Ludwig van Beethoven, A study in text and pictures by Hans Conrad Fischer
Here is another vintage book in my collection on Beethoven. I got this one free from Healthy Planet, who as I have mentioned before give out books for free, thus saving them from landfill. it is remarkable that this book was there as it is out of print (published in 1970) and much sought after. It has some great illustrations and photos- some of my favourites are included in this post.
I like this quote from Kaplan Carl Ludwig Junker ( a writer and music lover) who heard the 21 year old “attractive, gentle” Beethoven play the fortepiano and wrote an article for Boslers musikalischer Korrepondenz on 23rd November 1791:
Beethoven, around the age of 21:
Below, his album with the famous quote by Count Waldstein:
Below: Beethoven lived in many apartments and houses.
Below: in one of his conversation books there are notes about house hunting:
Another of his conversation books below:
Here he has written an idea for the beginning of the Credo of Missa Solemnis in a conversation book, next to an address of a dentist!
I wonder if he actually went to this “dentist”? Whoever this “dentist” was, we today would certainly not call him such, and would not welcome his attentions to our teeth at all. (They were often barber-dentists). I expect Beethoven wasn’t too keen to visit him either ( though it could have been nephew Karl who had toothache not Ludwig). I recently read that Beethoven had a gold filling in one of his teeth. This is the kind of “drill” that barber dentists used back then:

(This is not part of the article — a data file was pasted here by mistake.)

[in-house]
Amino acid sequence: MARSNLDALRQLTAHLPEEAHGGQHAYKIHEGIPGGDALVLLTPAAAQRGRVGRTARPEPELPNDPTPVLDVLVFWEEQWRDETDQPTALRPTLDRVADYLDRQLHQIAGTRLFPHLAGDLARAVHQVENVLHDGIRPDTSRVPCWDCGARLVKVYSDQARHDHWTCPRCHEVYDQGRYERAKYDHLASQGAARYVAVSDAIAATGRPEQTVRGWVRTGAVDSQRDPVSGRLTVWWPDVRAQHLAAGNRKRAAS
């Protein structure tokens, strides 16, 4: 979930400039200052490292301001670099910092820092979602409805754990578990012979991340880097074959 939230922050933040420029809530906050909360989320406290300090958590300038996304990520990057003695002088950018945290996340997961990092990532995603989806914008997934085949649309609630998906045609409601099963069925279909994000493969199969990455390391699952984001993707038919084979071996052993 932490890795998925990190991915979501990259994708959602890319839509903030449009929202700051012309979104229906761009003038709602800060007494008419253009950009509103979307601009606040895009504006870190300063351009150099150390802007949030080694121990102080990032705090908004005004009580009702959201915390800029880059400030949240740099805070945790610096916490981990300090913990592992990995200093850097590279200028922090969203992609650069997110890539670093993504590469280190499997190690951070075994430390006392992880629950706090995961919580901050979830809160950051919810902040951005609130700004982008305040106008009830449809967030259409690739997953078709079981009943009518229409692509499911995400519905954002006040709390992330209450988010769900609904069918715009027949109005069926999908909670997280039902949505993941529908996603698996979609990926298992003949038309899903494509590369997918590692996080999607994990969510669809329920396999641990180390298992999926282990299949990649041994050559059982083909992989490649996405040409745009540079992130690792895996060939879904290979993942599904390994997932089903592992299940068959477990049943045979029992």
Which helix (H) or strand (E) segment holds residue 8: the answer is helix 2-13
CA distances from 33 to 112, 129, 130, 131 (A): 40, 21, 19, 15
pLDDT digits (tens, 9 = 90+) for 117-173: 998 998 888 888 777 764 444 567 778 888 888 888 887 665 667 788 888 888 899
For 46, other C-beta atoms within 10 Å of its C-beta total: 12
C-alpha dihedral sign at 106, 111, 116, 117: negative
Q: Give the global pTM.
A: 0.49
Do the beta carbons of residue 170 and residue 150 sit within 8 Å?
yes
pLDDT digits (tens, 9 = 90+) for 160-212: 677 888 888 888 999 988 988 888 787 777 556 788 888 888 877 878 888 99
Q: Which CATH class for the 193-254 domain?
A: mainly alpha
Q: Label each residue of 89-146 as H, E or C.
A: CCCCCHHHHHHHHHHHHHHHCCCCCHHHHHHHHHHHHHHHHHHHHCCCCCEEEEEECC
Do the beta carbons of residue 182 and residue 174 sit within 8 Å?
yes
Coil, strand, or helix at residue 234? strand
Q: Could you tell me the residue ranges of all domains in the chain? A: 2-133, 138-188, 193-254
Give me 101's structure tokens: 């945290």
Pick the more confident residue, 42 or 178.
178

(Picture credit: http://collectmedicalantiques.com/gallery/dental-instruments)
I don’t like the look of that thing at all!
Most dentists continued to use simple steel drills that they twirled between thumb and forefinger. The drill’s simplicity was not a virtue from the patient’s standpoint: A medium-sized cavity required at least half an hour of pressure and twirling, so it’s no surprise that many toothache sufferers chose extraction over filling.
That was equally horrible- the item of torture used to extract the unfortunate person’s tooth, was the tooth key:
Visiting the dentist in the 1970s was scary enough- I remember my legs shaking when the dentist came to my primary school. I don’t know how Beethoven got the courage to go to the “dentist”-it must have been torturous. He wasn’t exactly known for his patience at times either- imagine sitting there with all that agonising twirling..
Here we can see what he thought of kings: